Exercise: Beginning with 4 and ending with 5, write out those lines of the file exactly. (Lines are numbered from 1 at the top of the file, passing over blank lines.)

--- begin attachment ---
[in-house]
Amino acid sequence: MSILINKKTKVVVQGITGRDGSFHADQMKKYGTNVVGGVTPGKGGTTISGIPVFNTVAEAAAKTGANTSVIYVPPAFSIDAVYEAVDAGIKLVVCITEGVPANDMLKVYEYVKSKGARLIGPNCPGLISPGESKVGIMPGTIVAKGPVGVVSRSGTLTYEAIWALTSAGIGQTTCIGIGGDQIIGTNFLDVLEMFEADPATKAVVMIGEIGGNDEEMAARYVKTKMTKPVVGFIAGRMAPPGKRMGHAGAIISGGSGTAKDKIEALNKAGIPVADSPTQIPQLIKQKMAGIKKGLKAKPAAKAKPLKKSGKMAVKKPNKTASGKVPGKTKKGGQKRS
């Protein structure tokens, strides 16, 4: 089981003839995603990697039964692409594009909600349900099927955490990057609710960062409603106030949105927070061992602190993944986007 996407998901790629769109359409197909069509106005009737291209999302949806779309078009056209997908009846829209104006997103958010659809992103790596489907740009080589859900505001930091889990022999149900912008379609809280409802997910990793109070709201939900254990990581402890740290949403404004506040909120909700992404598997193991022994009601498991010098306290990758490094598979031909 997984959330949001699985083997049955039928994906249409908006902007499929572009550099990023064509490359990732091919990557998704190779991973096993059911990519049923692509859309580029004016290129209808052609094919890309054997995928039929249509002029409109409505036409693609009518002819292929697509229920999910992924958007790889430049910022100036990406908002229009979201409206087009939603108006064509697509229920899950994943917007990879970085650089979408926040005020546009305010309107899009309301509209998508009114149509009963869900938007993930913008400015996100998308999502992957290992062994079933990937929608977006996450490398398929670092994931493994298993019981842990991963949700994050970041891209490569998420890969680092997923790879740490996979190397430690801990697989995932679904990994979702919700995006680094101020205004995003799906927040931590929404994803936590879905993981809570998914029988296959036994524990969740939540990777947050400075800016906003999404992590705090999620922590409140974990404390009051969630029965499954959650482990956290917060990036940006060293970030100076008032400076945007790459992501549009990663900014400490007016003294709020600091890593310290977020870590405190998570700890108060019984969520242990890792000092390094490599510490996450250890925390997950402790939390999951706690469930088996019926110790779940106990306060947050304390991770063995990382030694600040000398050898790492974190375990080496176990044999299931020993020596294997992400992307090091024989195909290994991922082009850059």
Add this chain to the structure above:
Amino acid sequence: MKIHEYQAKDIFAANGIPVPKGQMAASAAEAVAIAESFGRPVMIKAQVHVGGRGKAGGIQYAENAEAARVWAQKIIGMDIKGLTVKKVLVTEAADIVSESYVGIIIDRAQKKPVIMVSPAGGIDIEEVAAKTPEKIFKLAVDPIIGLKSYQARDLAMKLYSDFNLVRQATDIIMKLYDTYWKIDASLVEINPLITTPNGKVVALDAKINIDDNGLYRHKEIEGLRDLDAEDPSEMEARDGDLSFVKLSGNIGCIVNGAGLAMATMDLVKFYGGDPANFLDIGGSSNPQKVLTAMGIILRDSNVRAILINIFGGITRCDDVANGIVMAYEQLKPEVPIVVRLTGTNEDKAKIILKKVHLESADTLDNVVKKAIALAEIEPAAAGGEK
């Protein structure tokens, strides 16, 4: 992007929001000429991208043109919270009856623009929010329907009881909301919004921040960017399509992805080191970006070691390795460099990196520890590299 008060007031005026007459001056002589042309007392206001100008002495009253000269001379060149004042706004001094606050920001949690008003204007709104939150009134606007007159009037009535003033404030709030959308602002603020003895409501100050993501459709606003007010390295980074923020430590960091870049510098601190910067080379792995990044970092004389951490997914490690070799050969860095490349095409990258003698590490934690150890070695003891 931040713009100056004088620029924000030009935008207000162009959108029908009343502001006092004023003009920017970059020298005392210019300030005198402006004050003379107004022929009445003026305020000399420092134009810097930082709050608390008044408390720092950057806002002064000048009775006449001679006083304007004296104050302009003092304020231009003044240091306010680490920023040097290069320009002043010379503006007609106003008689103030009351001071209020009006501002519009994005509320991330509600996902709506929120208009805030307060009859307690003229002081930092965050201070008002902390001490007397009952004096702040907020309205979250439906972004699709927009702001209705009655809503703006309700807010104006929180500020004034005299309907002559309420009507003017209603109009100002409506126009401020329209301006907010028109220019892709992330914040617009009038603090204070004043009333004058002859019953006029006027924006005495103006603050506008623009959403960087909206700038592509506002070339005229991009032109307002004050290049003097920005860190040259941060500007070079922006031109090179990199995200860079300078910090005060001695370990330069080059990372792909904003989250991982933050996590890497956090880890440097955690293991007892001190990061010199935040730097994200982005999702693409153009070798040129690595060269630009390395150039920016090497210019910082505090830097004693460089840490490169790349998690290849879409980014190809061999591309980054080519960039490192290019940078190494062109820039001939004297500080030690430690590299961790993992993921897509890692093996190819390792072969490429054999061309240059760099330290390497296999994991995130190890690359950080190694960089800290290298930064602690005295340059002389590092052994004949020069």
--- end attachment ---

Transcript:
Add this chain to the structure above:
Amino acid sequence: MKIHEYQAKDIFAANGIPVPKGQMAASAAEAVAIAESFGRPVMIKAQVHVGGRGKAGGIQYAENAEAARVWAQKIIGMDIKGLTVKKVLVTEAADIVSESYVGIIIDRAQKKPVIMVSPAGGIDIEEVAAKTPEKIFKLAVDPIIGLKSYQARDLAMKLYSDFNLVRQATDIIMKLYDTYWKIDASLVEINPLITTPNGKVVALDAKINIDDNGLYRHKEIEGLRDLDAEDPSEMEARDGDLSFVKLSGNIGCIVNGAGLAMATMDLVKFYGGDPANFLDIGGSSNPQKVLTAMGIILRDSNVRAILINIFGGITRCDDVANGIVMAYEQLKPEVPIVVRLTGTNEDKAKIILKKVHLESADTLDNVVKKAIALAEIEPAAAGGEK